The opera Porgy & Bess is an African American classic love story that has been performed on stages all over the world for nearly a century. Now it’s back on Broadway, reworked and ready to go. Porgy and Bess follows a group of poor African-American folk who live on Catfish Row in Charleston, South Carolina. Porgy is a local cripple and Bess is the unwed lover of the dangerous Crown. After tragedy strikes the community and Crown flees from the law, Porgy invites the abandoned and homeless Bess to stay with him. She accepts the offer and the two unlikely partners quickly fall in love with each other. However, the threat of Crown remains and eventually he returns for “his” Bess. She feels hopeless and feels like she has to return to him, but when she returns to Porgy, he convinces her to stay with him. She eventually feels like she has no other choice but to run away to New York with Sporting Life, who convinces her things will never change.
When bringing a show like this back to Broadway, there has to be a power house cast to help support such a intense show. Audra McDonald (Carousel, Ragtime) led the cast as the lost drug addict Bess. There is no fighting the fact that this woman has an amazing, beautiful soprano voice but it was a little difficult to understand her when singing. This isn’t her fault, that’s just the nature of opera. Norm Lewis (The Little Mermaid, Les Miserables) portrayed the lonely cripple Porgy. His singing, acting, and frighteningly accurate limp stole the show. David Allen Grier (The First, Dreamgirls) played the New York bound player Sporting Life. Grier gave a wonderful comedic performance but, again not his fault, his part just felt unnecessary. He spent the entire musical larking in the background and having no real significance in the show until the very end when he convinces Bess to leave. It felt like Grier’s talent was wasted on this chopped up part. Philip Boykin makes his Broadway debut as the evil Crown. Even though it was his debut, he out shined most of the experienced Broadway actors and his little curtsey at curtain call was the cherry on top of an amazing performance. Nikki Renee Daniels (Les Miserables, Nine) and Joshua Henry (Scottsboro Boy, American Idiot) played the loving couple, Clara and Jake. The connection that these two had onstage was unbelievable. It was probably one of the best on-stage couples of the season. The absolute standout performance of the show was NaTasha Yvette Williams (The Color Purple). She played Mariah, the sassy mother figure of Catfish Row. This woman’s voice was like nothing one has ever heard before, and her acting talent was indescribable. Her protective nature and wonderful stage presence drew the audience’s attention as soon as she walked on stage.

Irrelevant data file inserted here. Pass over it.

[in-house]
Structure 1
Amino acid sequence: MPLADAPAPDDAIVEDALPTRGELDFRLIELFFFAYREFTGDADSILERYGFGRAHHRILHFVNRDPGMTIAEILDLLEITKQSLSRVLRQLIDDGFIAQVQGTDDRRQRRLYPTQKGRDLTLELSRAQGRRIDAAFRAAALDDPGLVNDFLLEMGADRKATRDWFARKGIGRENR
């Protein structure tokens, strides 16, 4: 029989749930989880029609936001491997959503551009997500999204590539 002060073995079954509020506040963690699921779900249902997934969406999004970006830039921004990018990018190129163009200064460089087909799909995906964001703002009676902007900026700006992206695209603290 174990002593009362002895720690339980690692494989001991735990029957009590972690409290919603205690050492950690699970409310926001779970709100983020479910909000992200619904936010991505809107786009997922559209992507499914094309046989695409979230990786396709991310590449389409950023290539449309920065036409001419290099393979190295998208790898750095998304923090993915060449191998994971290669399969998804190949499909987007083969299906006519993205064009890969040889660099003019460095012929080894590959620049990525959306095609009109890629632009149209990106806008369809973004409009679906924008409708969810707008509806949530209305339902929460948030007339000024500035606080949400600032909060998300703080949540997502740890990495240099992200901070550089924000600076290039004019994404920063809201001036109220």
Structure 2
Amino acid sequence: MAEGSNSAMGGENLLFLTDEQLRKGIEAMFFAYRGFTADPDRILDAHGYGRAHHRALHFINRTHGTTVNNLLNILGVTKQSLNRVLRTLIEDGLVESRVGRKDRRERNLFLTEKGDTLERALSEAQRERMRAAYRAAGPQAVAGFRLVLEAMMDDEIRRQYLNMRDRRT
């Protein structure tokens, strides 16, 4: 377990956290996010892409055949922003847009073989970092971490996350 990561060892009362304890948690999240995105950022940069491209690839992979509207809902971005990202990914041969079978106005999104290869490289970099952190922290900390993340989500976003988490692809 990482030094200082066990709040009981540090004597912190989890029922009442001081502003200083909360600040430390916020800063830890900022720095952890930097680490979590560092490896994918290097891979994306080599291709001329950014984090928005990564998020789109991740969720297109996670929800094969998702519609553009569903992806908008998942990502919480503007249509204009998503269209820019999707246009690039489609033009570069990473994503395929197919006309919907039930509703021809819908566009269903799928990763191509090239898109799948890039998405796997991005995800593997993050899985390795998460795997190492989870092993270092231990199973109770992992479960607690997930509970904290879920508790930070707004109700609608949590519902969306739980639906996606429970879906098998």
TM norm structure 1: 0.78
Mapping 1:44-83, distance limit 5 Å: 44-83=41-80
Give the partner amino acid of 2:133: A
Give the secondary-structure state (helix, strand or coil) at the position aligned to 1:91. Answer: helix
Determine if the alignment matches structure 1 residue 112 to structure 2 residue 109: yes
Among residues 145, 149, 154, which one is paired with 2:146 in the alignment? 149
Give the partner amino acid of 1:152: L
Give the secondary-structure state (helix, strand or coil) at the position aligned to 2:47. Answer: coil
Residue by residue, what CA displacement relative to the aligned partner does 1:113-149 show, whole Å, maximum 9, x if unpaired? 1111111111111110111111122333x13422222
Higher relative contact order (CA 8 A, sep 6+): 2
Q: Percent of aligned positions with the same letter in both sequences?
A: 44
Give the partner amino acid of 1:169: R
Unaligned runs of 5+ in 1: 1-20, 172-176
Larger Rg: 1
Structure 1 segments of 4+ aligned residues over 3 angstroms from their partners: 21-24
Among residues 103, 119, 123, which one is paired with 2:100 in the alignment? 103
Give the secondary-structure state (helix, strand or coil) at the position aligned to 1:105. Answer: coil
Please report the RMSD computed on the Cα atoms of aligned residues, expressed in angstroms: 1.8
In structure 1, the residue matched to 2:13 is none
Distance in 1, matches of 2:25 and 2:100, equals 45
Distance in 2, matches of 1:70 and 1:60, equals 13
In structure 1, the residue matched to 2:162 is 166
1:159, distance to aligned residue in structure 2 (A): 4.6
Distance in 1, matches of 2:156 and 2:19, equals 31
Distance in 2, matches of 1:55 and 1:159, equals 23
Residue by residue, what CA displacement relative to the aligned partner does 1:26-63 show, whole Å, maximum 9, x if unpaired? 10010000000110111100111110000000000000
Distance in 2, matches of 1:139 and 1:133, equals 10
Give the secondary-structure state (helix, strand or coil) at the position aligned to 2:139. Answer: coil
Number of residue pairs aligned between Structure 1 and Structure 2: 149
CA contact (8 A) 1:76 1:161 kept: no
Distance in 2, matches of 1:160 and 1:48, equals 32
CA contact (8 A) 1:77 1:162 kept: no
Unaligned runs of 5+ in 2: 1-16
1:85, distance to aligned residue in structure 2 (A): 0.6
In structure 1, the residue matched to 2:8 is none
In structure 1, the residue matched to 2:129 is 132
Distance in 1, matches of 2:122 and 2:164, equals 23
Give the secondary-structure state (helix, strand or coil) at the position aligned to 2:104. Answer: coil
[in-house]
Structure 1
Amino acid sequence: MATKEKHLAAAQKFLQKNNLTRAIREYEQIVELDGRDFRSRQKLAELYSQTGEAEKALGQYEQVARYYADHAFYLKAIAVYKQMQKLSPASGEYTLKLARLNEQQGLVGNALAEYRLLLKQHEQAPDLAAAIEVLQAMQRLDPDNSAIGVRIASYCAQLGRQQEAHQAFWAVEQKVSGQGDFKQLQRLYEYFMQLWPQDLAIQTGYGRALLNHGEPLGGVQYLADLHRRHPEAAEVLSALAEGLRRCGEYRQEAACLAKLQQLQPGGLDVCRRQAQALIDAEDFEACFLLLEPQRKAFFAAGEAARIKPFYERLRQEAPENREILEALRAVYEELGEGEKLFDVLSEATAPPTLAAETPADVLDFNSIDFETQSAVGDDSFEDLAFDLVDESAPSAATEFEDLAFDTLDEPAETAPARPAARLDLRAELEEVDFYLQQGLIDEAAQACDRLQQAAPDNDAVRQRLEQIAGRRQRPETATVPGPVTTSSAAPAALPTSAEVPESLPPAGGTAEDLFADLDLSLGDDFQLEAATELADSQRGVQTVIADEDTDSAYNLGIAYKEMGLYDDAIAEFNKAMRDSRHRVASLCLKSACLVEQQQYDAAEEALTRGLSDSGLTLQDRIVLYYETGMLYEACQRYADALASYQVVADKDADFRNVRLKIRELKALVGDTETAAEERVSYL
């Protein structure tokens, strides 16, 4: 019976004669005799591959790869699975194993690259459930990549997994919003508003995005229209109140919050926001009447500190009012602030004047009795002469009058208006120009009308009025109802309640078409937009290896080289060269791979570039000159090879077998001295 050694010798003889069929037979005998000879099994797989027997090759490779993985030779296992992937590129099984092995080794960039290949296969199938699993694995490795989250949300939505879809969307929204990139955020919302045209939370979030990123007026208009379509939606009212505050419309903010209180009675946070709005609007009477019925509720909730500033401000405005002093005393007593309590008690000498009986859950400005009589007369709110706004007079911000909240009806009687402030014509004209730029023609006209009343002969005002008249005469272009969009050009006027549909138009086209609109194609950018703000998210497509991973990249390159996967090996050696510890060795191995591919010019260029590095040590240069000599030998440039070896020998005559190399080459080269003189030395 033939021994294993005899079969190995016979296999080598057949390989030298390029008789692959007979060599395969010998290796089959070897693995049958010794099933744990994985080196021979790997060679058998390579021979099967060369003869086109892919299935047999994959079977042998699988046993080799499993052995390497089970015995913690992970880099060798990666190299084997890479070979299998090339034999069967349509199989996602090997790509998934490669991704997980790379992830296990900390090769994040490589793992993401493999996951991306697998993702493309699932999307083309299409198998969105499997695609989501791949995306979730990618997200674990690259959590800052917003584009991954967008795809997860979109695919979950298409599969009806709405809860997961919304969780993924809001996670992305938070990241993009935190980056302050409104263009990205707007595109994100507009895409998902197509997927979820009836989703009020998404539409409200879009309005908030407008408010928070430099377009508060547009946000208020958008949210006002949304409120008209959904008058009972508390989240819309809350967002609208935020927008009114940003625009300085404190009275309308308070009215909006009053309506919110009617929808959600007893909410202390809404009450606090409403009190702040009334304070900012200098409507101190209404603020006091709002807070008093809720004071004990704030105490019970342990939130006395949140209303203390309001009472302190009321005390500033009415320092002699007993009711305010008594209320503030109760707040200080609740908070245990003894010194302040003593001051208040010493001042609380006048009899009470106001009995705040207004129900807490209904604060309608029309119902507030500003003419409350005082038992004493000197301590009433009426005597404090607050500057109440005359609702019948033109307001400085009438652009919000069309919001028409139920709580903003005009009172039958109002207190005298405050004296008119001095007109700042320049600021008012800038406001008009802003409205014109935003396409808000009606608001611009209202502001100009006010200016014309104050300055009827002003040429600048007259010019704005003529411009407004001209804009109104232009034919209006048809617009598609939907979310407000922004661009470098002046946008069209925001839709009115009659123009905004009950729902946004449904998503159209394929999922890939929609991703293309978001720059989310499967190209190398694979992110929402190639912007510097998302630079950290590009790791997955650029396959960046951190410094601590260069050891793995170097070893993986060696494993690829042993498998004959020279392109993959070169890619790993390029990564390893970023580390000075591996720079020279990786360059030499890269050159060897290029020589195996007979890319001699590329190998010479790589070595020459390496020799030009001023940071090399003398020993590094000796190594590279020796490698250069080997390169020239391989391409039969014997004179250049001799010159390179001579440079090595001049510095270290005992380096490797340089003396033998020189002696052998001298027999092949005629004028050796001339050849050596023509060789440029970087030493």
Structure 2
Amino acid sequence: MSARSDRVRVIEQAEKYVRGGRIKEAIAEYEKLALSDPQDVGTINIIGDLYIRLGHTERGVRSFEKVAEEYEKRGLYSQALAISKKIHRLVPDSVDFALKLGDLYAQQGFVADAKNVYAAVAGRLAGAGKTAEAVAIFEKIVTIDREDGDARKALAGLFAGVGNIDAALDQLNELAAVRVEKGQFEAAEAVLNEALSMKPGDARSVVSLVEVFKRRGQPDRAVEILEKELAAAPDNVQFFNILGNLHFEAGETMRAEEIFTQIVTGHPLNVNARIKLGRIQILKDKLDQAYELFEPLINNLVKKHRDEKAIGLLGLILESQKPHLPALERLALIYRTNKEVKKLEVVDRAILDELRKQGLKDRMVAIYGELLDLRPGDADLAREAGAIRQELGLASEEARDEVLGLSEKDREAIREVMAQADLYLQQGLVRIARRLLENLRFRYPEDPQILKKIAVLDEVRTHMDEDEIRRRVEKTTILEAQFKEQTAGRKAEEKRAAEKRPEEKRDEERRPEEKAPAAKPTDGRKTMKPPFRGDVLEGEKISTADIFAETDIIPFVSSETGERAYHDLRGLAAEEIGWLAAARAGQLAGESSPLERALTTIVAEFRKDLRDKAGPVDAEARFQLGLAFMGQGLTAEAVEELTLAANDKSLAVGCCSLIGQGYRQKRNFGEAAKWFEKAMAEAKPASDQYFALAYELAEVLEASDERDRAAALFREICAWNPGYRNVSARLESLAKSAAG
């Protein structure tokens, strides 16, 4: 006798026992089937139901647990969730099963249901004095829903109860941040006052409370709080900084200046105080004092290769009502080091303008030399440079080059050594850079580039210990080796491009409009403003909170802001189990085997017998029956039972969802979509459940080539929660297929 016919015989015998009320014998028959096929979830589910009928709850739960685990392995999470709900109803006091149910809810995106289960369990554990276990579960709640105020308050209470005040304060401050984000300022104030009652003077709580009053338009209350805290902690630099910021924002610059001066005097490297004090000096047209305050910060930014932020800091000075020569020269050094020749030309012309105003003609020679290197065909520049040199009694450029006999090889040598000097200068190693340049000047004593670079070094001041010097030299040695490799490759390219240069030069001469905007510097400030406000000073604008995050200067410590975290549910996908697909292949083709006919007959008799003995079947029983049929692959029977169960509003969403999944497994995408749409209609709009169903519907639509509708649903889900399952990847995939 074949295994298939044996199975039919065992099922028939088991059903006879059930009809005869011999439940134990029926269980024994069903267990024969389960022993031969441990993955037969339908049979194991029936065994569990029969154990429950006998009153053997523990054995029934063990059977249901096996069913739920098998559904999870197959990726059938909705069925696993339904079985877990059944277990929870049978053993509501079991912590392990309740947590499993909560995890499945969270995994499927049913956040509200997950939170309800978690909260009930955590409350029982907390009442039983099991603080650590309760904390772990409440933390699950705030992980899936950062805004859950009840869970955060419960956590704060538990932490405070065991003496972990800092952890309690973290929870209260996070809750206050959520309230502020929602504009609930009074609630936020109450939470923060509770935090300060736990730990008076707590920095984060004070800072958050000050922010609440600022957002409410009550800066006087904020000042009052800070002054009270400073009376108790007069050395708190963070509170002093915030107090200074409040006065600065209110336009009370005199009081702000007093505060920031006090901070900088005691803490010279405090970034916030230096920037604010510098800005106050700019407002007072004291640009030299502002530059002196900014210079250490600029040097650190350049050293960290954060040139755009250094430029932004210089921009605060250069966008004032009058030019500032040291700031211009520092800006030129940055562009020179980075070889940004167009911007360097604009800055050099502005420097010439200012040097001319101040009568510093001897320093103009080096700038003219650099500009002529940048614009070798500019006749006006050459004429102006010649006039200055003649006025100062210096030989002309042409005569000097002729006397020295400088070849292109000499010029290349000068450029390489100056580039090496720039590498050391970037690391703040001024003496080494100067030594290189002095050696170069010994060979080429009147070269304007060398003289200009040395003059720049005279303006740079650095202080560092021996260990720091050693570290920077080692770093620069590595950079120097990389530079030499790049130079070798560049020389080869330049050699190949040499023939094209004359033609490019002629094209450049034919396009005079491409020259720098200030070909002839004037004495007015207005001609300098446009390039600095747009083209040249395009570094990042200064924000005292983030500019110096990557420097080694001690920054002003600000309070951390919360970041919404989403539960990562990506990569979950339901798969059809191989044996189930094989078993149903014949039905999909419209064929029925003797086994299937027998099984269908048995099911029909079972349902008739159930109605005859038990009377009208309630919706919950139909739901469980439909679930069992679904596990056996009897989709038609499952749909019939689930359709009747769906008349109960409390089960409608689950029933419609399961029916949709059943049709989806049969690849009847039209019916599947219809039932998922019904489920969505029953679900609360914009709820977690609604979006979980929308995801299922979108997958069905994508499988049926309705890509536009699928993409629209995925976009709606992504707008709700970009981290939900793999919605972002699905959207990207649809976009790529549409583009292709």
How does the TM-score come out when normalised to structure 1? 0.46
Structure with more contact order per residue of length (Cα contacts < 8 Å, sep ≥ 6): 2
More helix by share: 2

One the other hand, the technical aspect of the show may have been the death of this show. Ronald K. Brown did the choreography and even though there was not much of it, it wasn’t very impressive. It looked sloppy, and there were too many people doing too many different things - it was hard to know where to look at times. Riccardo Hernandez (The People in the Picture, Topdog/Underdog) did the lack-luster Set Design. First of all, he shrunk the stage down so much that a lot of the ensemble scenes seemed overcrowded. The wall surrounding the playing area looked unfinished and you could see through it to the backstage area. During act 2, everyone goes on a picnic and all he did to change the scenery was to bring in a cyc and light it with blue. Lastly, if the director wishes to have Porgy walk into the distance at the end of the show, and wished to raise the set, at least dress the back wall. A black brick wall of the theatre does nothing but bring us out of the world and puts the audience right back into the theatre. Thank God for Christopher Akerlind’s (Superior Donuts, 110 in the Shade) Light Design. In light design, lighting African American actors is a hard thing to do, and Akerlind did a brilliant job, he knew just what colors and lights to use to make everyone on stage pop. Over-all tech was alright.
Porgy and Bess was a descent production where the cast really helped the sell the show. The actors brought the show to life and the kept the audience in the world, while the set threatened to take everyone out. The singing was gorgeous, albeit sometimes a little unintelligible. Overall, if you like a good story, with great actors, and can ignore some of the technical issues, Porgy and Bess is a good show to go watch!